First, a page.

What in the world is a Philly Cheese Crepe? As you might expect, it begins with the classic Philly Cheese Steak, and takes off from there.
Moving from the south, where the previous two recipe posts found their origins, we now move to the American northeast, where few foods are as beloved – and taken as personally – as the Philly Cheese Steak. Its popularity extends far beyond its native Philadelphia. On Food Network, Michael Symon even featured competing versions on a recent episode of Food Feuds.
For anyone not familiar with it, a Philly Cheese Steak is a few simple ingredients - sliced grilled steak, grilled peppers (and sometimes onions), and cheese (usually provolone) on a long roll (“hoagie roll” to Philadelphia locals) – that somehow come together in a truly glorious way. Made properly, it’s enough to make the haughtiest sophisticate pump a raised fist and say, “yo!”
Today we look at a fun take on this classic culinary institution that I call the "Philly Cheese Crepe." Since authenticity is key to making a proper Philly Cheese Steak, you should begin by putting on the traditional cooking ensemble.
First, the crepe itself:
While crepes can be made right when you need them, they refrigerate or freeze well, so much time can be saved doing them beforehand. The all-purpose crepe I posted a few weeks ago will work for the cheese steak, but I tend to use it for fruit fillings and prefer a more savory version for the heartier cheese steak filling. You can make it using the all-purpose recipe, but with the following changes:
Instead of one cup of all-purpose flour, use ½ cup of all-purpose flour and ½ cup of wheat flour.
Add about two tablespoons of dried parsley and, if you like, two tablespoons of wheat germ to the batter.
Add additional water, a little at a time, to offset the added dry ingredients (parsley and wheat germ). This is best done by the texture of the batter (which should be like that of heavy cream), rather than by adding a pre-determined amount of extra water.
The above recipe makes eight to 10 crepes. Set aside the ones you need for the cheese steaks, and store the rest to enjoy at a future meal. They’re a great item to keep on hand.
To make filling for four crepes, prepare three-quarter pounds of thin steak as follows. (I like top round thin steak, the kind used for brasciole, but any thin steak will do.) First, as with any steak, dry the outside of the meat using paper towels to make it easier to brown. Apply mustard to each side as a rub to season and tenderize the steaks, then lightly rub each side with olive oil. Now you can cook the steaks using your favorite method – a grille pan is my weapon of choice, but if you’re more comfortable cooking the steaks another way, that’s fine too. Once each side is cooked – and, since they’re thin steaks, they’ll cook quickly, around three minutes per side on the grille pan – let them rest before slicing (as with any steak or roast) while you prepare the peppers and onion mixture.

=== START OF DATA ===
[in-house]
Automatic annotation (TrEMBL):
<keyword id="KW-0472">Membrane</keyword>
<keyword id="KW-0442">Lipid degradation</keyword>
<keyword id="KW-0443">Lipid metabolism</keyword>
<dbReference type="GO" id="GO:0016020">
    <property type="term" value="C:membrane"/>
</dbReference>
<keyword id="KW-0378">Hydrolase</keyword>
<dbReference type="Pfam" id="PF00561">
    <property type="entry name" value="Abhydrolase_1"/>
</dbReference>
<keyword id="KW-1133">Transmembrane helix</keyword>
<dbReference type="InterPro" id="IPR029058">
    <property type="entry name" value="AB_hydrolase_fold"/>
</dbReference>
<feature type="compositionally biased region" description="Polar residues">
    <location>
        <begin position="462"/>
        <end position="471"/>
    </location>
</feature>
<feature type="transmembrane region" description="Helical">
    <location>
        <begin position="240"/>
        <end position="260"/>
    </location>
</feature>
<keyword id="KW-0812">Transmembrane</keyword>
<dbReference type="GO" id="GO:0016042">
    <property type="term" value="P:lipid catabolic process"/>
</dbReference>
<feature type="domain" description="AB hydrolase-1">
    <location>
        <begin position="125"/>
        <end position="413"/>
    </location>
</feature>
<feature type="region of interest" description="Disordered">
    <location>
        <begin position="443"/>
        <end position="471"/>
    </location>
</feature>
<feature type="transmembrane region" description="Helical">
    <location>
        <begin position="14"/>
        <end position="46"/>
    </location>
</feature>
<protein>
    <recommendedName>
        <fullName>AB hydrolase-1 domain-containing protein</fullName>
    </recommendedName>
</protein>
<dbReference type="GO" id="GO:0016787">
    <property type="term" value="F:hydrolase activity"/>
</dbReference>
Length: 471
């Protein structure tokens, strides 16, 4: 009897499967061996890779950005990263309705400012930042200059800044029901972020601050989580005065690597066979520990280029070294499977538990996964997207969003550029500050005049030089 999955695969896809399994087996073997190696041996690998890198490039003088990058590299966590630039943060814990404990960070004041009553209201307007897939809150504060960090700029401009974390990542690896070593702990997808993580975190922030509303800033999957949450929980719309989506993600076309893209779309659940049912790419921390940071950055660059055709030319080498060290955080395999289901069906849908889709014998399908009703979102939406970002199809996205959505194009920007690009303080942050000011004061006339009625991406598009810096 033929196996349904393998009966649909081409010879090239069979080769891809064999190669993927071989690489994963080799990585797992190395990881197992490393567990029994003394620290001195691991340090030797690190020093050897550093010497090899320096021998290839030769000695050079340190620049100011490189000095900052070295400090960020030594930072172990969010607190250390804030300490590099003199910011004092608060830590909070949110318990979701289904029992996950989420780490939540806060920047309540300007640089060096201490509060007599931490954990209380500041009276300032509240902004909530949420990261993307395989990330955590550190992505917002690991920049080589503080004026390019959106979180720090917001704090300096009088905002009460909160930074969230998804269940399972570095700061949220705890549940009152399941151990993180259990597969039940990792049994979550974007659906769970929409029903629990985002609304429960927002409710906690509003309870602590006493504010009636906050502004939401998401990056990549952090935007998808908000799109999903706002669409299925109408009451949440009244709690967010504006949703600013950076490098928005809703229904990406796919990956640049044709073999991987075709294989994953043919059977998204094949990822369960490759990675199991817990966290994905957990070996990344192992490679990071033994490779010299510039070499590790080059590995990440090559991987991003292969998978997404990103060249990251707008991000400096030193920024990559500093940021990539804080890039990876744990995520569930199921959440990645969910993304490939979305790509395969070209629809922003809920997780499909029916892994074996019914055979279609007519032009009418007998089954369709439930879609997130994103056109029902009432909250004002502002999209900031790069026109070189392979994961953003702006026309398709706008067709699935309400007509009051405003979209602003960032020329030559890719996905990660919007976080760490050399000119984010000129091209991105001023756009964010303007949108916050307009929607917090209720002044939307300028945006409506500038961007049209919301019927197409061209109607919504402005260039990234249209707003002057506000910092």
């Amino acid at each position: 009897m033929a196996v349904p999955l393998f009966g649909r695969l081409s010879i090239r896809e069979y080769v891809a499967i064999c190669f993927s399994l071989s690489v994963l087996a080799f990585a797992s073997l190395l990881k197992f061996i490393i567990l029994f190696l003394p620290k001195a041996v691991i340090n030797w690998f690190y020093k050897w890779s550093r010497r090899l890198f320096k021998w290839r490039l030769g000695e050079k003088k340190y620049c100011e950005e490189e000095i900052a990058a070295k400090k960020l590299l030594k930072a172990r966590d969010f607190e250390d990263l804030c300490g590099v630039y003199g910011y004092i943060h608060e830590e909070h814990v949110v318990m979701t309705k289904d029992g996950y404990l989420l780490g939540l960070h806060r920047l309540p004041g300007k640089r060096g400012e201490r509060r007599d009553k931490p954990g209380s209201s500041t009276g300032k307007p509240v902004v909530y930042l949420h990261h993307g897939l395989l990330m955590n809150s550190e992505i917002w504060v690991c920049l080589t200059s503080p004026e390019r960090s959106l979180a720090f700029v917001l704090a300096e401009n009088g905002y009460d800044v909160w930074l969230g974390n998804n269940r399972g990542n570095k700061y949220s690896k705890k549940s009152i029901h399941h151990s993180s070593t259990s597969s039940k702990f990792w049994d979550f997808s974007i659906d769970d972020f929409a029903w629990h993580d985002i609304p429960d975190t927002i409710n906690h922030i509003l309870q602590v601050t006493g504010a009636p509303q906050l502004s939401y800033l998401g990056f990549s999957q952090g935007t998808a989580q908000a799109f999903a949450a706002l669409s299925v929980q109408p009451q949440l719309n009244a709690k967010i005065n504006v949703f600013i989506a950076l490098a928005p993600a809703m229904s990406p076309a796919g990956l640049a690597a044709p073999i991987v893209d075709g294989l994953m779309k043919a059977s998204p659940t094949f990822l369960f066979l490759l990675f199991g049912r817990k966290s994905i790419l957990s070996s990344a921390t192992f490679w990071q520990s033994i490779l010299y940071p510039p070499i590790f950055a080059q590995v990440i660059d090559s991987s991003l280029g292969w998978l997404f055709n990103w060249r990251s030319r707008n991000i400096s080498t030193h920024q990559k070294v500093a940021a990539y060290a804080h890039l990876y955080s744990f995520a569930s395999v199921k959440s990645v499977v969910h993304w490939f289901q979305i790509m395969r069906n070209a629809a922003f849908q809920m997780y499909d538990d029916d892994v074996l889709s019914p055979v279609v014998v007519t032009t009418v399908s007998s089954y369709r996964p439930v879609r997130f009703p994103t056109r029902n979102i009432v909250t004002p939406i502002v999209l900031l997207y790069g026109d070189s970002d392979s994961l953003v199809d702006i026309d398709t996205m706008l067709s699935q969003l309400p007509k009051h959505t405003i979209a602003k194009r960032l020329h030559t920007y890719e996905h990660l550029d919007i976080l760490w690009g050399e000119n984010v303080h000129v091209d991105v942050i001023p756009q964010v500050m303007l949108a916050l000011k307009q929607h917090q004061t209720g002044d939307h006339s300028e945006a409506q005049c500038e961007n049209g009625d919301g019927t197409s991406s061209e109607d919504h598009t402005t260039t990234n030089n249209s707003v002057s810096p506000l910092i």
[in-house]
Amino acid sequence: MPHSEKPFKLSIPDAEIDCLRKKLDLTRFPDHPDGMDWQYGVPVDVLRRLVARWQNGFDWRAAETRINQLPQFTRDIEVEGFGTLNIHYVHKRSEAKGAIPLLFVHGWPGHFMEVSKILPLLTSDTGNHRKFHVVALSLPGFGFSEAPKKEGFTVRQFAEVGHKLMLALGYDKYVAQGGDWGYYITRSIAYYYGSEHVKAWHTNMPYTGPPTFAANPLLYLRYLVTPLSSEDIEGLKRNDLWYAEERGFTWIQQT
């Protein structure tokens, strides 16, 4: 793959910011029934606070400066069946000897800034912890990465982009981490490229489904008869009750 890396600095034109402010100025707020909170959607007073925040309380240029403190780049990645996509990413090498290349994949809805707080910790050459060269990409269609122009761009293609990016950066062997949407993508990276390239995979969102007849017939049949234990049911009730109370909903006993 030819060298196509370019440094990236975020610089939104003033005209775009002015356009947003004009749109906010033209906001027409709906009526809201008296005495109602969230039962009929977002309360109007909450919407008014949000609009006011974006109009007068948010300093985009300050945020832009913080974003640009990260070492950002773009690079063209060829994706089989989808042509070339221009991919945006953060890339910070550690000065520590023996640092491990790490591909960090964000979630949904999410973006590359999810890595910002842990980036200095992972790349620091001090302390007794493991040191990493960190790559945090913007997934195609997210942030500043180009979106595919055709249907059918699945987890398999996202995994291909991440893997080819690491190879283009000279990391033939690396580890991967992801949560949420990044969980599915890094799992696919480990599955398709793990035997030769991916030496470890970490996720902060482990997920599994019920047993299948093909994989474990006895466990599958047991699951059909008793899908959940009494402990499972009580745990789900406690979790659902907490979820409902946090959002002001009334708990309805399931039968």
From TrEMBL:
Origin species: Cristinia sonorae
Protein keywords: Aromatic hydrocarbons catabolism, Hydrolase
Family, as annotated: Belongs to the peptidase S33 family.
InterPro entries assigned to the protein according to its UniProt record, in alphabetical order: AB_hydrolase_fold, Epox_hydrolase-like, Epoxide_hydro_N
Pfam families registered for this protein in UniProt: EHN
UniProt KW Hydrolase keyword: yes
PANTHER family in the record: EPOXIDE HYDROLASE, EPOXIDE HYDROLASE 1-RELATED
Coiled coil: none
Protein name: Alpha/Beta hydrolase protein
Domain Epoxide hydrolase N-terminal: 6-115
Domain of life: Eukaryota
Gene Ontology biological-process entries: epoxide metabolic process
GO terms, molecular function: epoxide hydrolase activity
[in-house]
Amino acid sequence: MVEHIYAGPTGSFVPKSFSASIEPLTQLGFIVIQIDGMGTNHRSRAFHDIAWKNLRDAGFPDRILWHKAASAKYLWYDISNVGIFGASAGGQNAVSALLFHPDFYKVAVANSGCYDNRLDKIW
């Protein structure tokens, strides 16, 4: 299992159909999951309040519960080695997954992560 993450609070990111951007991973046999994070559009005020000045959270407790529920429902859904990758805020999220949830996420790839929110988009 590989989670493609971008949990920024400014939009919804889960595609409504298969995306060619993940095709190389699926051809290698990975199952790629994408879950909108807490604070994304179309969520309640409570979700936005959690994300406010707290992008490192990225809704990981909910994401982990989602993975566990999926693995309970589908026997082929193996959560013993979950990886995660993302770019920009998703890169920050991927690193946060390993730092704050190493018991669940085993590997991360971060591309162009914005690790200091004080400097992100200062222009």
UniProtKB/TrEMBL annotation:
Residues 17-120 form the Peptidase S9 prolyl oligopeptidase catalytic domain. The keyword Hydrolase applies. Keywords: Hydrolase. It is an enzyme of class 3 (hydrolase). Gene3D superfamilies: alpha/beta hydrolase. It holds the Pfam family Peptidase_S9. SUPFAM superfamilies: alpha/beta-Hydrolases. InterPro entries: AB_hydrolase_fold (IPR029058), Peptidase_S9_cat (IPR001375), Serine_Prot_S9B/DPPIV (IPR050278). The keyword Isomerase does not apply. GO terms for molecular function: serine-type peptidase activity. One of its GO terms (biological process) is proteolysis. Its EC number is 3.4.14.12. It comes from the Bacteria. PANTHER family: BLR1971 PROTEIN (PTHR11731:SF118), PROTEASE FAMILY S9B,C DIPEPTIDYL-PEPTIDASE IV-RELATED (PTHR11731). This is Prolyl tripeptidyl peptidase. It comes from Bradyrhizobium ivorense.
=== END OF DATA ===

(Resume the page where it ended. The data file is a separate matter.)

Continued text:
Toss a couple of julienned peppers, a couple of chopped or julienned onions, and three or so minced fresh garlic cloves with enough olive oil to coat and a little salt and fresh ground black pepper. Cook them in the grille pan (if that’s what you used for the steaks, otherwise use any appropriate pan) until the peppers are tender and the onions are nicely caramelized. Then slice the rested steaks into thin strips and toss them well in a bowl with the cooked onions and peppers.
Now to construct the crepes:
Lay the crepes out on the counter and, along the center-line of each, put a slice of reduced-fat provolone that you’ve cut in half, placing the two halves end-to-end. Add some steak-pepper-onion mixture on top of the cheese, then put another slice of cheese (cut in half and placed end-to-end as with the first slice) on top of that. Fold each side of the crepe over, wrap it in foil, and let it heat in a 200 degree oven for ten to fifteen minutes.
Now serve it with some salad or fresh slaw, open up a Yuengling, and enjoy a lunch or dinner that’s easy to make, tastes great and is just a little unusual.
As always, for a notebook-ready, cookbook style copy of this recipe, just let me know and I’ll send it along.
Hope you enjoy this tasty twist on a great American tradition. Till next week, stay well, keep it about the food, and always remember to kiss the cook. ;-)